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6,300+ jobless Idahoans get reprieve, under fiscal cliff legislation

More than 6,300 unemployed Idahoans won’t lose their federal extended unemployment benefits this week after all, the Idaho Department of Labor says, under the newly passed legislation to avert the so-called fiscal cliff. Instead, those on extended benefits will continue to receive them, though possibly not for long. Due to drops in Idaho’s unemployment rate, the length of federal extended benefits has been cut back three times in 2012; it’s now at a maximum of 37 weeks beyond the standard state benefit of 10 to 26 weeks; that could drop to a maximum of 28 weeks the second week of February, if unemployment holds steady or continues to fall. At their peak, federal extended benefits lasted for up to 73 weeks. Click below for the full announcement from the Idaho Department of Labor.

Federal extended unemployment benefits end for 6,300-plus Idahoans

More than 6,000 unemployed Idahoans have now seen their federal extended unemployment benefits terminated, the Idaho Department of Labor reports today. The program to provide jobless workers with extended benefits during the recession expired last week; Idaho workers who were getting the payments got their last one this week. Click below for the full news release from the Idaho Department of Labor.

Since the program began in mid-2008, 95,000 Idaho workers shared $900 million in federally financed extended benefits; now, only the regular state unemployment benefit of 10 to 26 weeks is available for the 15,000 Idaho workers who still haven't found new jobs. Last week, just over 6,300 received the extended federal benefits, with an average payment of $248.

Madsen Wants To Cut Jobless Bennies

Roger Madsen, director of the Idaho Department of Labor (IDOL), on Tuesday echoed statements made in late October by two GOP legislators to reduce the number of unemployment weeks. Madsen, in a letter made public by the department, advises lawmakers to reject federal funds for extended unemployment benefits. His view echoes comments made to IdahoReporter.com by Reps. Steve Thayn and Lynn Luker, who said reducing the amount of unemployment benefits is a must for the Gem State. Idaho is one of a handful of states allowing up to 99 weeks of unemployment benefits/Mitch Coffman, Idaho Reporter. More here.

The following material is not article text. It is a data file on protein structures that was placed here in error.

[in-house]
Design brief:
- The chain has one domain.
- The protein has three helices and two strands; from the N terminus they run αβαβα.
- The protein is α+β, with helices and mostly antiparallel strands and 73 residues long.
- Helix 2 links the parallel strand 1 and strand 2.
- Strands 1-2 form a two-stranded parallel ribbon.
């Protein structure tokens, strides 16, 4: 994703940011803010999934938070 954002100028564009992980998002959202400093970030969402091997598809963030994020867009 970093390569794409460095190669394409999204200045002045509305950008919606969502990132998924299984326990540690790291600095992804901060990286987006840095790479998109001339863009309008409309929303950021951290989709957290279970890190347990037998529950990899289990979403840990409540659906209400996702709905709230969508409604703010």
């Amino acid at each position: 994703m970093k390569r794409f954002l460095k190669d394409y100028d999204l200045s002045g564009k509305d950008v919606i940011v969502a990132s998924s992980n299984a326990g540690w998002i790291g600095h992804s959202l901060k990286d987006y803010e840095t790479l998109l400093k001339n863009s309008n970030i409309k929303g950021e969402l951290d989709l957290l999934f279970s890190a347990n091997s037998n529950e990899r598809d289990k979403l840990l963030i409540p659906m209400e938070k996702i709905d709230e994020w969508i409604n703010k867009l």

Question: Should Idaho reduce its number of weeks for unemployment benefits?

Idaho Labor chief Madsen: Don’t extend unemployment benefits

Here's a news item from the Associated Press:  BOISE, Idaho (AP) — The head of the Idaho Department of Labor is urging lawmakers to resist the urge to extend unemployment benefits again. Labor Department Director Roger Madsen made his appeal in a letter sent to Congress and state lawmakers Monday and in advance of Thursday's congressional hearing on unemployment insurance. Madsen says he's concerned about unemployed Idahoans. But he says state business owners need to regain confidence in the program — and the best way to do that is to better manage the federal budget. He says the goal of the department is getting people working so they can receive a paycheck instead of monthly benefits. Since the recession's start, an estimated 150,000 Idaho workers have received more than $750 million in federal extended benefits beyond the basic 10 to 26 weeks. You can read Madsen's full letter here.